Lisbon, Portugal: The Art of Living

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There are metropolises such as Lisbon—genteel, regal, urbane, and refined—where seasoned travelers such as I not only want to visit, but also stay for long and even live in. Here, I came not to conquer but to be wooed and enchanted. At Lisbon, art is not just displayed behind a velvet rope or placed upon a pedestal; here it is lived, savored, and held close to the heart.

Harlequin-colored Renaissance tiles decorate the facades of quaint and charming homes. Antiquated trams of wood and brass slowly wind their way through the medieval cobblestone streets. People nonchalantly savor their coffee with confectionaries made with secret, centuries-old recipes. Moorish castle turrets perch on the hilltop. The plaintive singing of Fado, the old country’s music, mingles with the sounds of jazz, classical music, and bossa nova performed on the streets. Even its alluring women are works of art. I could see myself living here for the rest of my life.

An explorer’s home

Lisbon has long attracted and nurtured the world’s greatest adventurers. Natives of the city trace their ancestry to the Celts, the indigenous people whose ancestors wandered much of Europe and settled as far as Ireland. Phoenicians, ancient mariners from Lebanon who gave the world the modern alphabet, established and named this port city Allis Ubbo, meaning “safe harbor,” from which its modern name evolved. Carthaginians, Romans, Vandals, and Moors have all claimed this land as part of their empires because of Lisbon’s ideal location at the confluence of the Tagus River and the Atlantic Ocean on the western face of the Iberian Peninsula. After Crusaders forcibly returned the city to Christian rule during the Reconquista, the Portuguese kingdom arose, setting the stage for great explorers such as Vasco de Gama, the first European to sail to India, to venture from Lisbon’s ports and colonize the far reaches of the globe. Even Ferdinand Magellan, the explorer whose expedition first circumnavigated the Earth for the Spanish crown, was Portuguese. At the height of its power, the Portuguese empire spanned as far as Brazil, Timor, Mozambique, Angola, Goa (India), Macau (China), and Malacca (Malaysia). Going to Portugal for the first time, I felt I was retracing the steps of Magellan, whose life ended when he dared attempt to conquer my country, the Philippines.

On my plane flight, I had my first pleasant brush with Portuguese hospitality. Seat mates Raul Perestrelo and Louise Allison, residents of the Portuguese wine-growing island of Madeira, enthusiastically revealed to me a few attractions not on any of the travel articles I had read. They also confirmed the soundness of my itinerary and importance of the sites I planned to visit.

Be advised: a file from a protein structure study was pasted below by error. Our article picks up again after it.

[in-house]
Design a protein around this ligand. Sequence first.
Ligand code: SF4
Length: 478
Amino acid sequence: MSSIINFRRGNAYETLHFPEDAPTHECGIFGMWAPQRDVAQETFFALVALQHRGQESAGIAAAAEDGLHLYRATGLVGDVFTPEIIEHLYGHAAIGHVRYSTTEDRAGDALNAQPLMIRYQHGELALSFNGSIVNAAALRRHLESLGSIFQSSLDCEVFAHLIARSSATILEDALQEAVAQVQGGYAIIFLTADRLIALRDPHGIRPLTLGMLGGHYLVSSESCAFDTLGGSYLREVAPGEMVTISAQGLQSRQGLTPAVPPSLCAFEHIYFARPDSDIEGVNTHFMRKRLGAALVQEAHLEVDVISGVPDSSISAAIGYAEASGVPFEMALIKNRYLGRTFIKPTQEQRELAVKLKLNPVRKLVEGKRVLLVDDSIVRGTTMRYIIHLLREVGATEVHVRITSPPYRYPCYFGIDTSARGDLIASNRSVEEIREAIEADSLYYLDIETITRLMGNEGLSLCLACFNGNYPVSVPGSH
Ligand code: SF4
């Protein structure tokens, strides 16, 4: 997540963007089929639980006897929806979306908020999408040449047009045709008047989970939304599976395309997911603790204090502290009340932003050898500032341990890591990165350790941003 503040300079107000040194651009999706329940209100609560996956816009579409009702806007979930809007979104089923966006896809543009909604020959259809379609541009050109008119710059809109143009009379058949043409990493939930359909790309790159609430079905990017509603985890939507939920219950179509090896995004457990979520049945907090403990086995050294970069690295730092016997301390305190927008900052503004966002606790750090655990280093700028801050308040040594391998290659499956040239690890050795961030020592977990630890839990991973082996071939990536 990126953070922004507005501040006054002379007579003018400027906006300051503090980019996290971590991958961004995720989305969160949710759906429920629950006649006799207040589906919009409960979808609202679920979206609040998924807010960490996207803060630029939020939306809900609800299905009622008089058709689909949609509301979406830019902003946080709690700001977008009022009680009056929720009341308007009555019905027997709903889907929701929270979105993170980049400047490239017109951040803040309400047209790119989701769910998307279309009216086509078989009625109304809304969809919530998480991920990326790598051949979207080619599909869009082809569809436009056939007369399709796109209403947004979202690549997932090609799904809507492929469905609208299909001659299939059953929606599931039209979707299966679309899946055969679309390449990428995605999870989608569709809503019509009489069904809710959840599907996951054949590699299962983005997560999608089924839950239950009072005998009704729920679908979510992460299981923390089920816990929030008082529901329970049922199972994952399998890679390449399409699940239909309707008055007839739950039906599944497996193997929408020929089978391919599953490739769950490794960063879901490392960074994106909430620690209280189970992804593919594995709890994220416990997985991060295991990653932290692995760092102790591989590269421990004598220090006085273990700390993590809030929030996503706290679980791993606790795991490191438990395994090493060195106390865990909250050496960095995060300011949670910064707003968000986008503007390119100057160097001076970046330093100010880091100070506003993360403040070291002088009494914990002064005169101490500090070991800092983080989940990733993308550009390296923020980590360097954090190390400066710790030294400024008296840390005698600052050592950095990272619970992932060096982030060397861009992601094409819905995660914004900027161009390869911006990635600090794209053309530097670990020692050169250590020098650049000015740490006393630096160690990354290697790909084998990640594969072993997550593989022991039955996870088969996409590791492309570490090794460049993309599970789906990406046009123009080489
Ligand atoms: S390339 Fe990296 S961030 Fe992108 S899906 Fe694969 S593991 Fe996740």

I observed that most of Lisbon’s clustered in two areas: the waterfront parish of Santa Maria de Belém (Mother Mary of Bethlehem) and the area in and around downtown Baixa Pombalina.

Santa Maria de Belém

I made an effort to ride one of the antiquated trams at least once to get to Belem. With nautical-like brass helms and levers as well as lacquered wooden floors and panels, these tramways have been in service since 1901.

First stop was the Museu Nacional dos Coches (National Coach Museum), where the royal carriages of Portugal’s monarchy were  kept in resplendent glory. This was the most must-see among Lisbon’s many historical museums, according to Raul and Louise. Gilded cherubs erupted from ornate filigree. Every detail, including stirrups and spurs, was rendered floridly. The museum itself, once the Royal Horse Riding Arena, still possessed the original trompe l’oeil décor on its ceilings and walls that gave it the illusion of depth and detail.

Next door was the Palácio Nacional de Belém (Belem Palace), once the royal residence of the king and now the office of the president. A set of five pink buildings atop a small hill that overlooks the rest of Belem, the presidential palace is open to visitors only on weekends. I was told that the solemn changing of the honor guards in full regalia, which includes the world’s only mounted cavalry marching band that performs while galloping, was held every third Sunday of each month at 11am. Sadly, my stay did not coincide with either this grand pageantry or the palace’s opening. Fronting the palácio is the Praça Afonso de Albuquerque (Afonso de Albuquerque Square)—a small French-style garden, at the center of which is a pedestal with a statue on top dedicated to the “conqueror of India” for whom the park is named after.